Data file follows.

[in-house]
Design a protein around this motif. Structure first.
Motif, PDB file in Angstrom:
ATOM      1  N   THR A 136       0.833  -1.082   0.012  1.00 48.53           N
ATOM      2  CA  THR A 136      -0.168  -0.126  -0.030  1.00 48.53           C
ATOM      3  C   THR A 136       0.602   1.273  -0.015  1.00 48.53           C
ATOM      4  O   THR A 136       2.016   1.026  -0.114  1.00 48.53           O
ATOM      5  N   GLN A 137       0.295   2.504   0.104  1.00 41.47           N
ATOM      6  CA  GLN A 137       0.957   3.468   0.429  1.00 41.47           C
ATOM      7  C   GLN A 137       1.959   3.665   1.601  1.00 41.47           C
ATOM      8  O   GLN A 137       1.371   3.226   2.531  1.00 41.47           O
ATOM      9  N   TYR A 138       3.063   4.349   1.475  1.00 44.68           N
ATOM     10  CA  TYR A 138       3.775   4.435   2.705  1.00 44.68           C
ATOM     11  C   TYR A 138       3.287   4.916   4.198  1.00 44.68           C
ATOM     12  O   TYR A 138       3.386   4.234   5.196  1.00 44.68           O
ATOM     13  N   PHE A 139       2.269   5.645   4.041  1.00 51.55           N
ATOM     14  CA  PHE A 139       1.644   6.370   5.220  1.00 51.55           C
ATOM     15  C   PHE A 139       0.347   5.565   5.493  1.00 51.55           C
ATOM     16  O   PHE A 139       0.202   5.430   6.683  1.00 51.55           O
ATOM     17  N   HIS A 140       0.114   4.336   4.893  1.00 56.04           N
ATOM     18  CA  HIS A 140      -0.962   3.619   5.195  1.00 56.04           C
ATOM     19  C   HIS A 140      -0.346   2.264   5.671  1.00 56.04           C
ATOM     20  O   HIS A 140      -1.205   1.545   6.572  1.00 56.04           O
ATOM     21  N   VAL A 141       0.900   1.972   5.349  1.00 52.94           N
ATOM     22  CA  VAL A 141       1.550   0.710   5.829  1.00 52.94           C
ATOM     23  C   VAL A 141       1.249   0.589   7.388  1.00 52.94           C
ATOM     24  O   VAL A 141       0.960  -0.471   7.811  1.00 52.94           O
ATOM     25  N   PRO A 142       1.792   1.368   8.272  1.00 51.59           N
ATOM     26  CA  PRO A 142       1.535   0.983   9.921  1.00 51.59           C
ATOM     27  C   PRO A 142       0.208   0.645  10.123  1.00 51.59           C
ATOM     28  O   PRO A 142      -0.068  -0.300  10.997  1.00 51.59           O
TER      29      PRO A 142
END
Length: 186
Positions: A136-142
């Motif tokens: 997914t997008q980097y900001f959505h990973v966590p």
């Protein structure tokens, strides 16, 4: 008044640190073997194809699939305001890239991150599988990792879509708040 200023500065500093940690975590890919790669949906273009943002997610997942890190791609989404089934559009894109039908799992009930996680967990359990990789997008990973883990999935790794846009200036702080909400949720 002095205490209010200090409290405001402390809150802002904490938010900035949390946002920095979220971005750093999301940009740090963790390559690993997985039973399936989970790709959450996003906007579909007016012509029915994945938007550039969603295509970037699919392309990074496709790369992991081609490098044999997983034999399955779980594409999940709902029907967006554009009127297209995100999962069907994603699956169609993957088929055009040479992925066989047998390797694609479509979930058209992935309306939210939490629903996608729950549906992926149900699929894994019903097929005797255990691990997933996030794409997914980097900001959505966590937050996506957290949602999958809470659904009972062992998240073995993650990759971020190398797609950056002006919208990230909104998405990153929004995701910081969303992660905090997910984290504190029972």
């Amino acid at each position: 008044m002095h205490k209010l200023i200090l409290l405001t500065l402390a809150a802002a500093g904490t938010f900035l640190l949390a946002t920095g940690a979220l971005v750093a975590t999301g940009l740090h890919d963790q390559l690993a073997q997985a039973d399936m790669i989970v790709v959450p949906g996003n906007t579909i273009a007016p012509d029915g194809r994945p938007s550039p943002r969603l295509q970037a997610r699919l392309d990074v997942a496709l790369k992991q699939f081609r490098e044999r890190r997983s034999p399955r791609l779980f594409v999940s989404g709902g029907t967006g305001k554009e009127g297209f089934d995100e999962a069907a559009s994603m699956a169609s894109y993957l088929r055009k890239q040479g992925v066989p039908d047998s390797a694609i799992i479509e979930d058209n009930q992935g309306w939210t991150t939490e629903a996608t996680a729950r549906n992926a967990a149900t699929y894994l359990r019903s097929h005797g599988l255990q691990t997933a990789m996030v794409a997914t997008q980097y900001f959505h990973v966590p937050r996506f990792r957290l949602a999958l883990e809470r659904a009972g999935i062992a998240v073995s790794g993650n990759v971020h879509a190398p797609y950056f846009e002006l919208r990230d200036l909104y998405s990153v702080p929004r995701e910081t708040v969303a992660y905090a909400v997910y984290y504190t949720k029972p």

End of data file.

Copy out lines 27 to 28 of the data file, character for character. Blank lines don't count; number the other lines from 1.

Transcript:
ATOM     24  O   VAL A 141       0.960  -0.471   7.811  1.00 52.94           O
ATOM     25  N   PRO A 142       1.792   1.368   8.272  1.00 51.59           N